Economic woes force rethink of freight task growth

By: Jason Whittaker


Recent economic turmoil may threaten transport operators’ viability and stall growth in the freight task, according to the peak transport

Recent economic turmoil may threaten transport operators’ viability and stall growth in the freight task, according to the peak transport and logistics council.

Australian Logistics Council (ALC) Chairman Ivan Backman says figures predicting a surge in the freight task by 2020 may need to be re-examined as the declining world economy impacts on Asia’s demand for minerals and the Australian dollar’s value.

Backman says this will be exacerbated by the freight task cycle, which slows in the remaining six months of the financial year.

"It [the growth in the freight task] might need to be modified. There are temporary glitches and this might have a short-term impact," he says.

According to Backman, small operators will suffer the most from reduced work.

To survive, he says they must ensure their business run efficiently and productively as possible to reduce costs.

"People’s ability to manage their business is absolutely critical. Those who do that will be the winners," he says.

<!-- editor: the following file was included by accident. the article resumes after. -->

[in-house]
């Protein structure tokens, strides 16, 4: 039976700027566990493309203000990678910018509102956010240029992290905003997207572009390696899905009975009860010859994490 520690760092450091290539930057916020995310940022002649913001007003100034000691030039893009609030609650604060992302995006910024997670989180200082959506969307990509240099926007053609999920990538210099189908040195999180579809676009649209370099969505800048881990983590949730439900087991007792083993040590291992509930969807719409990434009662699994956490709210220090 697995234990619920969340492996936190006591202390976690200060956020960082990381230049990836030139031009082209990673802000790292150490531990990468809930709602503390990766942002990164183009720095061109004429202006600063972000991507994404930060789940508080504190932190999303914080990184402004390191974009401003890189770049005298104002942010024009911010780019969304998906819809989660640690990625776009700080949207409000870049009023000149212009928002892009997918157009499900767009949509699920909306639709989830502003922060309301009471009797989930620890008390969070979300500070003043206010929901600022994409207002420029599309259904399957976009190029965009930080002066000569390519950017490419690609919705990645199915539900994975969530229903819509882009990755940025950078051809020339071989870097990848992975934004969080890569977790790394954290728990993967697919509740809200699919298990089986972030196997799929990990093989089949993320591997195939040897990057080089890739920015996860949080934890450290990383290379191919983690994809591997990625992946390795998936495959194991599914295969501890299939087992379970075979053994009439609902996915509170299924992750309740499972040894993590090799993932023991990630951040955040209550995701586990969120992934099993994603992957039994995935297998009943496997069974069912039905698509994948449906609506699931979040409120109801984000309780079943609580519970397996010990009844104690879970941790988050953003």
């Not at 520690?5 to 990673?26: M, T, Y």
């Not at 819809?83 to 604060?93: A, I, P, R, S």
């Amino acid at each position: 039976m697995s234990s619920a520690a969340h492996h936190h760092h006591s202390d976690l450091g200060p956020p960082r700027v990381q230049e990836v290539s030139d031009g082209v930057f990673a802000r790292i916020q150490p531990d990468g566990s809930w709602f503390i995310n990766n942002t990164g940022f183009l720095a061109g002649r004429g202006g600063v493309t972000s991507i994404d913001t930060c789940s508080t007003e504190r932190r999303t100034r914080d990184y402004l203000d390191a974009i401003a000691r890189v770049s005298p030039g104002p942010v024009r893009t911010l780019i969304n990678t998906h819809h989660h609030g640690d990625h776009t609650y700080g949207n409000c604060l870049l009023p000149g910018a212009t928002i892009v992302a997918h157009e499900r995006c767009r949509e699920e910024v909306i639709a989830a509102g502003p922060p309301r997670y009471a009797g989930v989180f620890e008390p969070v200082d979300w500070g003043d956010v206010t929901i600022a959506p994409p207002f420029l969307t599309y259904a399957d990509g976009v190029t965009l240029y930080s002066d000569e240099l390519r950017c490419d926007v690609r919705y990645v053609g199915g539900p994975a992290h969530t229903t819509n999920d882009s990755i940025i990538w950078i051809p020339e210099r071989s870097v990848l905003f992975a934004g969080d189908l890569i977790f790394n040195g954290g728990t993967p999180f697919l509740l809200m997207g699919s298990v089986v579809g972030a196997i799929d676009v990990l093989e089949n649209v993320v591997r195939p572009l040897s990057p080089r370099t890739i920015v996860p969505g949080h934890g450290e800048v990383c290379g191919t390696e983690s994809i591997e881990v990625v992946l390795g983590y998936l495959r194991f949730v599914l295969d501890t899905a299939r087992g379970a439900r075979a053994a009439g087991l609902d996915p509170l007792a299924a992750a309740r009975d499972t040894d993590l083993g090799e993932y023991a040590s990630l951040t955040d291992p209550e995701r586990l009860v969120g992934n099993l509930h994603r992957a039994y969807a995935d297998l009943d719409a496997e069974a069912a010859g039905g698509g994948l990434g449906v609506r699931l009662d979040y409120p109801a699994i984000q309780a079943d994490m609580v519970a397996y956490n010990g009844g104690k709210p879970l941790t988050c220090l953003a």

However, Backman says it is too soon to predict how much of an impact current conditions will have on the freight task, which is expected to double in the coming decade.

Backman is hopeful the industry will not be adversely impacted over a long period of time, saying Australia’s well-regulated economy means it has strong foundations in place to avoid the problems crippling the US and UK markets.

Backman says exporters will relish the conditions in light of a dramatic drop in the value of the Australian dollar, while a drop in revenue from reduced work gives businesses the chance to look inwardly to analyse and evaluate their operations.

"There will certainly be opportunities out there. The good will survive," he says.

Despite the economic downturn, Backman still expects demand for skilled labour to grow because he says there is still an enormous shortage.

He welcomed the Rudd Government’s $10.4 billion stimulus package to encourage retail spending, saying the cash injection will help drive demand for the industry’s services.

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